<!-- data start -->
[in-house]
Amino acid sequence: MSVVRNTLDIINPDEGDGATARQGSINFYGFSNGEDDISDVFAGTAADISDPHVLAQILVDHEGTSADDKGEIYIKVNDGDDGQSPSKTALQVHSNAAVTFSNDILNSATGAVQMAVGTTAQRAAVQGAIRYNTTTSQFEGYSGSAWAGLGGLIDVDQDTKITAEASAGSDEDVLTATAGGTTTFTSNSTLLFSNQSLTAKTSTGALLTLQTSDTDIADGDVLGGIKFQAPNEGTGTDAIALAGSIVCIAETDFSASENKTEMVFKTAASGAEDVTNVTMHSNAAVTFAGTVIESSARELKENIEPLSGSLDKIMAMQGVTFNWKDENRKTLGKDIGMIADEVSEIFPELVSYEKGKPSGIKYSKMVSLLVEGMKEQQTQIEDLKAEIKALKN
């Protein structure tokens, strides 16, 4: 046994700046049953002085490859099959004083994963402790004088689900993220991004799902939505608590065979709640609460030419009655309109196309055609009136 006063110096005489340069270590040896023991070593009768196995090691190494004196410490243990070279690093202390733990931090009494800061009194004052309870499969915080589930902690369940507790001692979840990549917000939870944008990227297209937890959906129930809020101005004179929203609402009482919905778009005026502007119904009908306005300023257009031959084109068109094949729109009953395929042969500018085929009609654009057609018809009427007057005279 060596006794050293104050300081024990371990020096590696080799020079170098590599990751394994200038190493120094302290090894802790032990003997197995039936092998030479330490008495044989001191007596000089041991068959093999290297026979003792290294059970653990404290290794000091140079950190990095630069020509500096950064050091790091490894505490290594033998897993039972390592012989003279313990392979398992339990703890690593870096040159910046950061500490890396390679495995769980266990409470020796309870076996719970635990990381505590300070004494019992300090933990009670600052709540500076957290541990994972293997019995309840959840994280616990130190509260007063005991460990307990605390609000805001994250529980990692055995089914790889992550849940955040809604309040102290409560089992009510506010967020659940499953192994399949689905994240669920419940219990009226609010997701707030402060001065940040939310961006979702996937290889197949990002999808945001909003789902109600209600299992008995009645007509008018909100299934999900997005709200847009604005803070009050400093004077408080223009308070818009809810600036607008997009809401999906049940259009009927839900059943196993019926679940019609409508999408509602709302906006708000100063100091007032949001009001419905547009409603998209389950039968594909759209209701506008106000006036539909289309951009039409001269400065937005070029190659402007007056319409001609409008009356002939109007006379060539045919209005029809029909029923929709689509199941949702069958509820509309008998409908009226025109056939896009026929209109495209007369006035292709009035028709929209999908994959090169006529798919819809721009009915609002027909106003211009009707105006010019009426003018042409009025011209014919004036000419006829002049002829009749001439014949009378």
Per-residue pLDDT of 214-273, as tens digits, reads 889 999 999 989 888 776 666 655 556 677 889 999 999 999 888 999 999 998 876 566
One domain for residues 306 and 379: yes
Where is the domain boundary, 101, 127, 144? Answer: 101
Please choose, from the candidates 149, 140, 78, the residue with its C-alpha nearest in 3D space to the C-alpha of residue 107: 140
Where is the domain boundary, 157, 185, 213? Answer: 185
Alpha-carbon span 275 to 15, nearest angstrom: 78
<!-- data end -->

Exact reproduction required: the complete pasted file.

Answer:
[in-house]
Amino acid sequence: MSVVRNTLDIINPDEGDGATARQGSINFYGFSNGEDDISDVFAGTAADISDPHVLAQILVDHEGTSADDKGEIYIKVNDGDDGQSPSKTALQVHSNAAVTFSNDILNSATGAVQMAVGTTAQRAAVQGAIRYNTTTSQFEGYSGSAWAGLGGLIDVDQDTKITAEASAGSDEDVLTATAGGTTTFTSNSTLLFSNQSLTAKTSTGALLTLQTSDTDIADGDVLGGIKFQAPNEGTGTDAIALAGSIVCIAETDFSASENKTEMVFKTAASGAEDVTNVTMHSNAAVTFAGTVIESSARELKENIEPLSGSLDKIMAMQGVTFNWKDENRKTLGKDIGMIADEVSEIFPELVSYEKGKPSGIKYSKMVSLLVEGMKEQQTQIEDLKAEIKALKN
């Protein structure tokens, strides 16, 4: 046994700046049953002085490859099959004083994963402790004088689900993220991004799902939505608590065979709640609460030419009655309109196309055609009136 006063110096005489340069270590040896023991070593009768196995090691190494004196410490243990070279690093202390733990931090009494800061009194004052309870499969915080589930902690369940507790001692979840990549917000939870944008990227297209937890959906129930809020101005004179929203609402009482919905778009005026502007119904009908306005300023257009031959084109068109094949729109009953395929042969500018085929009609654009057609018809009427007057005279 060596006794050293104050300081024990371990020096590696080799020079170098590599990751394994200038190493120094302290090894802790032990003997197995039936092998030479330490008495044989001191007596000089041991068959093999290297026979003792290294059970653990404290290794000091140079950190990095630069020509500096950064050091790091490894505490290594033998897993039972390592012989003279313990392979398992339990703890690593870096040159910046950061500490890396390679495995769980266990409470020796309870076996719970635990990381505590300070004494019992300090933990009670600052709540500076957290541990994972293997019995309840959840994280616990130190509260007063005991460990307990605390609000805001994250529980990692055995089914790889992550849940955040809604309040102290409560089992009510506010967020659940499953192994399949689905994240669920419940219990009226609010997701707030402060001065940040939310961006979702996937290889197949990002999808945001909003789902109600209600299992008995009645007509008018909100299934999900997005709200847009604005803070009050400093004077408080223009308070818009809810600036607008997009809401999906049940259009009927839900059943196993019926679940019609409508999408509602709302906006708000100063100091007032949001009001419905547009409603998209389950039968594909759209209701506008106000006036539909289309951009039409001269400065937005070029190659402007007056319409001609409008009356002939109007006379060539045919209005029809029909029923929709689509199941949702069958509820509309008998409908009226025109056939896009026929209109495209007369006035292709009035028709929209999908994959090169006529798919819809721009009915609002027909106003211009009707105006010019009426003018042409009025011209014919004036000419006829002049002829009749001439014949009378």
Per-residue pLDDT of 214-273, as tens digits, reads 889 999 999 989 888 776 666 655 556 677 889 999 999 999 888 999 999 998 876 566
One domain for residues 306 and 379: yes
Where is the domain boundary, 101, 127, 144? Answer: 101
Please choose, from the candidates 149, 140, 78, the residue with its C-alpha nearest in 3D space to the C-alpha of residue 107: 140
Where is the domain boundary, 157, 185, 213? Answer: 185
Alpha-carbon span 275 to 15, nearest angstrom: 78